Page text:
Your PROMISE team can help you figure this out and put the number in your phone.

  • Plan how you’re going to get to work

    It’s your responsibility to get to work. Work out a plan to get to work with your PROMISE team before your first day. If you need to adjust your work times because of para-transit, talk with your boss. This would be an example of an accommodation that you need to have because of your disability.

  • I think I need to tell my boss about my disability.

    Decide if you want to talk about your disability

    For each job you apply for, decide whether you want to discuss your disability or not. Don’t forget to use your PROMISE experience and team to help you think this through. If you do want to talk about your disability, decide when you will do it.

    You still have a right to an accommodation even if you didn’t tell your boss about your disability when you applied for the job.

  • You’re responsible for taking your medicines

    Your teachers may have helped you take your medicines. But your employer doesn’t, and shouldn’t, do this. If you need to take medicines at work, find a way to do this. If you need a short break to take your medicines, talk to your boss. Your PROMISE team can help you think through your options.

  • I think I need a stool to sit on at work.

    Need an accommodation? Think about what you need

    You have a right to a change in your job because of your disability.  This is called an accommodation.  Your boss probably won’t know you need an accommodation unless you ask for it.  Before you ask, think about what kind of accommodation you need.  Be ready to tell why you need it and how it would help you do your job better.   You should have thought this through during the PROMISE Career Planning and Preparation classes.  

    You can also check in with your PROMISE team for each new job or work experience to make the best choice for you.

  • I might have some ideas!

    How can my PROMISE team help?

    To learn about ways you might do things differently because of your disability, you can talk to your PROMISE team. There is another resource called the Job Accommodation Network that has a lot of experience with this as well. You can call them at 800-526-7234 or go to Click on the disability you have and get some ideas for accommodations.

  • Provide any medical documents that your employer needs

    Your boss might ask for some medical information so they can find a good accommodation for you. This might mean you need to see a doctor to get this information. The employer will pay for this doctor visit, but you might have to make the appointment. Get this medical information as quickly as you can and turn it into your employer.

  • Let’s make a plan to talk to your boss!

    Don’t wait too long!

    If you are having trouble doing your job because of a disability, don’t wait until things get really bad to ask for an accommodation. Ask for it so you can keep doing a good job.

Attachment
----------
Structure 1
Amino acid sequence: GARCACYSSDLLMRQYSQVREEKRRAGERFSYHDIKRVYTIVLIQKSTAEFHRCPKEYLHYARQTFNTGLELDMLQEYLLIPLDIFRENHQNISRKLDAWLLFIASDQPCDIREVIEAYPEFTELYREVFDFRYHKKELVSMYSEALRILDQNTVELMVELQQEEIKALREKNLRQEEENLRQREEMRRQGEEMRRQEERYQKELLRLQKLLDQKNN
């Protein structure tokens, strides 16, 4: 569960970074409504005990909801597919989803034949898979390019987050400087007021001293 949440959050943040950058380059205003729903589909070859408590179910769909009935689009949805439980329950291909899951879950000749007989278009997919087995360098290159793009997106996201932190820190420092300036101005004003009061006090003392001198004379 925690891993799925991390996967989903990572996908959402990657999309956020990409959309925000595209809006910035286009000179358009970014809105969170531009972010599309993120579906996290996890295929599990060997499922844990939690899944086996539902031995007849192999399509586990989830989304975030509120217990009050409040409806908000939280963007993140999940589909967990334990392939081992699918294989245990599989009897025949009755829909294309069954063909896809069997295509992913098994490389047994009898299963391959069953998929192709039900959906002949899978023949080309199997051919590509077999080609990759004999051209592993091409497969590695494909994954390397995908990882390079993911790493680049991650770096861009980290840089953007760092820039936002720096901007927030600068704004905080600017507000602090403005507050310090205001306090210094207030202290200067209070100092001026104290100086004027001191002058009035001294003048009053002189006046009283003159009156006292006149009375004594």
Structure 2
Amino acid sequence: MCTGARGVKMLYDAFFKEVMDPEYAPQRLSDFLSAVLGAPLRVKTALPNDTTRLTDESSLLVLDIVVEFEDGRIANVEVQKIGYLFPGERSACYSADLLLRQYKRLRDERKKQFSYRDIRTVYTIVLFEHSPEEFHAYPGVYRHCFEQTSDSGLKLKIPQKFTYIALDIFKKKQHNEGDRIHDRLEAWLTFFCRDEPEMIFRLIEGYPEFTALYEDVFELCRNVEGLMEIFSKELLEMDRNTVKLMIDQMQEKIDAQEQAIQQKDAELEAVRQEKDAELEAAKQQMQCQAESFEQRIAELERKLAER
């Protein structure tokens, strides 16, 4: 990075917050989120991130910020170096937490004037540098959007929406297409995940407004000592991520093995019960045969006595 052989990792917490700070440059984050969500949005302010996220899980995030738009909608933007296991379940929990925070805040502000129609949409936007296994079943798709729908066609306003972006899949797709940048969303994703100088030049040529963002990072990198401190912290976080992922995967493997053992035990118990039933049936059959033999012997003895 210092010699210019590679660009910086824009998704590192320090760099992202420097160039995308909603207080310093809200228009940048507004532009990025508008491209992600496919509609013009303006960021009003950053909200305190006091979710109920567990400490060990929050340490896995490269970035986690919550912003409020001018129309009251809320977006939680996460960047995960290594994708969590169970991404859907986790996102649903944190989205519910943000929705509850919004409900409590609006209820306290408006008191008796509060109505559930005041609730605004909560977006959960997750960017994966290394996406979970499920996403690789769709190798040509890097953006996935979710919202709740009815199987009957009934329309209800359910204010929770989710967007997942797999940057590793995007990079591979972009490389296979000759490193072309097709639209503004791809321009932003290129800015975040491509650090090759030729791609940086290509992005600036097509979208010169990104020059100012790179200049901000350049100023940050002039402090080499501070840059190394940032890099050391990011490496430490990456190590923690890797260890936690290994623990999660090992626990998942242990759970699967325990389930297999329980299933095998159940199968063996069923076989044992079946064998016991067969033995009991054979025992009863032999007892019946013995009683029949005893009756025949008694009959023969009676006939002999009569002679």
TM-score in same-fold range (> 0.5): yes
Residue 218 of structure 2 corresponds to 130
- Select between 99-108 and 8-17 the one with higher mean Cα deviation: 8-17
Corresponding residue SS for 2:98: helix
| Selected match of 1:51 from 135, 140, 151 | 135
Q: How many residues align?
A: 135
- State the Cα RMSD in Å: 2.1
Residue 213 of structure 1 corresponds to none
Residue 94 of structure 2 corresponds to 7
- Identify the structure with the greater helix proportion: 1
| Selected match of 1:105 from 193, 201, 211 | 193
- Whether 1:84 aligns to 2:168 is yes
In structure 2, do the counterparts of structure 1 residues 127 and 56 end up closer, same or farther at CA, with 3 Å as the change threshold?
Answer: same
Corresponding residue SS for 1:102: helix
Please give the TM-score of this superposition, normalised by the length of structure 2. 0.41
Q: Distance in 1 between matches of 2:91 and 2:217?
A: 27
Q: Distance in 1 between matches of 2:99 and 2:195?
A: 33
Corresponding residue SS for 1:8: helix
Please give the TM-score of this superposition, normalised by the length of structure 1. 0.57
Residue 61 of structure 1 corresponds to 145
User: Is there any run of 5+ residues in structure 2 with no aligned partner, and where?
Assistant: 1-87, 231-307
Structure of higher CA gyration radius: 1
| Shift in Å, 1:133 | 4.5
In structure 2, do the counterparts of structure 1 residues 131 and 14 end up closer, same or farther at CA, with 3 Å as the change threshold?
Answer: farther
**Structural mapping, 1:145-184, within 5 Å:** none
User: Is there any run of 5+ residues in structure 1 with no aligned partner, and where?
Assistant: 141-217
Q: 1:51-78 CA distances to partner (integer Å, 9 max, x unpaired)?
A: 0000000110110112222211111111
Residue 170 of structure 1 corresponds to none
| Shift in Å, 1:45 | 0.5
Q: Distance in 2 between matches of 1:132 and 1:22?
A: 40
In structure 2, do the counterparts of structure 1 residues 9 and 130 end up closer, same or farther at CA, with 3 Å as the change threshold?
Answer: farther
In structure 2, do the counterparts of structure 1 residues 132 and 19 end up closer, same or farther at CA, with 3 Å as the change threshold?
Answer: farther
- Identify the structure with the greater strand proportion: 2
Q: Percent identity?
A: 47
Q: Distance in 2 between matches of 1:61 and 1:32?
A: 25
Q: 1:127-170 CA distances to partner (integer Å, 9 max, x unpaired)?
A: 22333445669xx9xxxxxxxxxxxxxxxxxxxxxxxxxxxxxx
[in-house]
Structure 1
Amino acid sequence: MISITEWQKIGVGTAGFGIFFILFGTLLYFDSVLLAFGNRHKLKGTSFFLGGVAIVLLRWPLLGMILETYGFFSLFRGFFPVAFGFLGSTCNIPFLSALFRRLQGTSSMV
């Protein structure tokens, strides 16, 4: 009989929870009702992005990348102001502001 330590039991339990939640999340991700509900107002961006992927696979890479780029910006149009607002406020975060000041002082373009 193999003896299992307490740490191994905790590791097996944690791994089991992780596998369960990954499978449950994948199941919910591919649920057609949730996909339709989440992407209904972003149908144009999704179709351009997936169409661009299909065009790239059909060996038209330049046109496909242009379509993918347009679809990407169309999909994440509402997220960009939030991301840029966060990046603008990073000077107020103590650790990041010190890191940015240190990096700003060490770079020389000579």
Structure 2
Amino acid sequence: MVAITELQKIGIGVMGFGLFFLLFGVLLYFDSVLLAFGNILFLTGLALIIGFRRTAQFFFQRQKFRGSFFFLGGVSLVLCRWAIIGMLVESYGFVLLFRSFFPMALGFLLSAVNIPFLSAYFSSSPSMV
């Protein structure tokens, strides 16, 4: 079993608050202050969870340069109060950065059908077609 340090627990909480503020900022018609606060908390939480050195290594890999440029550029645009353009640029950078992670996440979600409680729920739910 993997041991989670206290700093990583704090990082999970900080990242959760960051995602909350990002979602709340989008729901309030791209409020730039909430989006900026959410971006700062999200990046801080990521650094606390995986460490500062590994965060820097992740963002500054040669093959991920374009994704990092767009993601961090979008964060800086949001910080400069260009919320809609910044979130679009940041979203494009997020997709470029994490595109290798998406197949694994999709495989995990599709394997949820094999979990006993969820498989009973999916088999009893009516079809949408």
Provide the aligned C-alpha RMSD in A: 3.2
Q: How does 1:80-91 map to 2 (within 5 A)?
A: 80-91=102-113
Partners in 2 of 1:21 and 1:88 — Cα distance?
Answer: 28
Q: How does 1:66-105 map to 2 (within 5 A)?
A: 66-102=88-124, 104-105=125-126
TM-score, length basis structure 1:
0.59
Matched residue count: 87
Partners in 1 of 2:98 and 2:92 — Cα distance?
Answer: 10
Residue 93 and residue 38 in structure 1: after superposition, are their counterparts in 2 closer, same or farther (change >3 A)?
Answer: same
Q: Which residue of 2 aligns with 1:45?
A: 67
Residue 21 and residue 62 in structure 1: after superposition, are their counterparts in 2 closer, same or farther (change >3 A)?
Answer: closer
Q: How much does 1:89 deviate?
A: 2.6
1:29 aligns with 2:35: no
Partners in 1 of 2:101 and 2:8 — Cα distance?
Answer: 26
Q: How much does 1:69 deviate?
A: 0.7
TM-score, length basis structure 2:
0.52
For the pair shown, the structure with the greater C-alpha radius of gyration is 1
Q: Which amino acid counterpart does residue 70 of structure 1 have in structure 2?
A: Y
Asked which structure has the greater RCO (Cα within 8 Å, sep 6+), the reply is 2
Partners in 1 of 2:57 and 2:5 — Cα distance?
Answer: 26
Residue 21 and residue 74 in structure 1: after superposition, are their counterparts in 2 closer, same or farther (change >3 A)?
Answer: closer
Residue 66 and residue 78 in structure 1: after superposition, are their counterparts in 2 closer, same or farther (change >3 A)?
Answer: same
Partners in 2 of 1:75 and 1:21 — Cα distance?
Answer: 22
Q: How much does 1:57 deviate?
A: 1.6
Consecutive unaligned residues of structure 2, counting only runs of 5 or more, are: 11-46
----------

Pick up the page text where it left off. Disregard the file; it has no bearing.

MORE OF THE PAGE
• Let’s see if you remember the key points!


    Your need to have working papers to have a job if you are under 18.


    TRUE. You have to get working papers to work under the age of 18. You can speak to your PROMISE case manager or the guidance counselor at your school about getting those papers.

    The ADA protects women from discrimination at work.


    FALSE. The ADA protects people with disabilities from discrimination at work. In order to be protected, your disability has to be something that changes how you do things every day.

    If you want an accommodation at work, you have to tell your employer about your disability.


    TRUE. If you need to do something differently at work in order to be your best, you have to tell your boss about your disability. you don’t have to use any legal jargon. just say “because of my medical condition or disability, I need to do a part of my job differently.” your employer may ask for information from your doctor in order to understand how they can help.

  • Let’s review this chapter!


    There are laws that help to you understand what your rights and responsibilities are at work. 


    If you want to work when you are younger than 18 years old, you have to get working papers.  Your PROMISE case manager or the guidance counselor at your school can help.


    The Americans with Disabilities Act says people with disabilities shouldn’t be treated differently at work.  You have a right to:

    • Apply for a job.
    • Decide when to tell your boss about your disability
    • Ask for an accommodation at work. An accommodation is something that lets you do your job in a way that works for you.

    If you feel that you have been discriminated against at work because of your disability or another reason (race, color, sex, religion, or the country you are from), you can talk to your PROMISE case manager or you can call the EEOC at 800-669-4000.


    Your grades are private.  If you are under 18, only your parents can see your grades without your permission.  If you are over 18, no one can see them without your permission.


    Safety at work is everyone’s job.  Follow all safety rules and if you don’t think part of your job is safe – tell someone.


    You have some responsibilities at work as well:

    • Ask your boss what he expects for you so you know what doing a good job looks like.
    • Call in to work if you will be late or need to stay home.
    • Think through and plan how you will get to work on time.
    • Decide if you want or need to tell your boss about your disability. Your PROMISE case manager can help you think through how and when to tell.  They can also help you think about what kind of accommodation you might need.  Don’t wait until it’s too late to ask for what you need to do your best work.
    • Take care of your health.
      • If you have medicines you need to take, set a reminder so you can remember.
      • If you decide to ask for an accommodation and your employer asks for information from the doctor, ask your PROMISE case manager to help you get them.



  • Chapter complete!